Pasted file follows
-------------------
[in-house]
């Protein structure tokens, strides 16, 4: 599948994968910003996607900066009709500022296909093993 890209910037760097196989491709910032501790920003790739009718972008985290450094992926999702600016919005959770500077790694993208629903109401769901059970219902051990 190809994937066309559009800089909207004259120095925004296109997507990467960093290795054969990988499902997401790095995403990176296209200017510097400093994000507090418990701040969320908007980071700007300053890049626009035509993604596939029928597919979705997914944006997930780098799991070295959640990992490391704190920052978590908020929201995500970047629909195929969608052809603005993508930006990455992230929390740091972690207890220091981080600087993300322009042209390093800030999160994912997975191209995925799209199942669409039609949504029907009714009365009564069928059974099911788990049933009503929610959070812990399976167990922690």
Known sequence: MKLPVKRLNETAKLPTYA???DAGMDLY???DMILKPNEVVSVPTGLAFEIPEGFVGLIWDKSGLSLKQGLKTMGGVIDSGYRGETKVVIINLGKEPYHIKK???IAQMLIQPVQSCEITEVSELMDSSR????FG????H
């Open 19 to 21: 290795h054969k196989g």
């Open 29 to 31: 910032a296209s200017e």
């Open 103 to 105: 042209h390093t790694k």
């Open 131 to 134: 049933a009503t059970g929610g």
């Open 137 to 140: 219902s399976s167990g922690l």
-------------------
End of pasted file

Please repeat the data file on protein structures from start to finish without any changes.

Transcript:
[in-house]
């Protein structure tokens, strides 16, 4: 599948994968910003996607900066009709500022296909093993 890209910037760097196989491709910032501790920003790739009718972008985290450094992926999702600016919005959770500077790694993208629903109401769901059970219902051990 190809994937066309559009800089909207004259120095925004296109997507990467960093290795054969990988499902997401790095995403990176296209200017510097400093994000507090418990701040969320908007980071700007300053890049626009035509993604596939029928597919979705997914944006997930780098799991070295959640990992490391704190920052978590908020929201995500970047629909195929969608052809603005993508930006990455992230929390740091972690207890220091981080600087993300322009042209390093800030999160994912997975191209995925799209199942669409039609949504029907009714009365009564069928059974099911788990049933009503929610959070812990399976167990922690």
Known sequence: MKLPVKRLNETAKLPTYA???DAGMDLY???DMILKPNEVVSVPTGLAFEIPEGFVGLIWDKSGLSLKQGLKTMGGVIDSGYRGETKVVIINLGKEPYHIKK???IAQMLIQPVQSCEITEVSELMDSSR????FG????H
């Open 19 to 21: 290795h054969k196989g």
């Open 29 to 31: 910032a296209s200017e």
């Open 103 to 105: 042209h390093t790694k």
């Open 131 to 134: 049933a009503t059970g929610g």
């Open 137 to 140: 219902s399976s167990g922690l």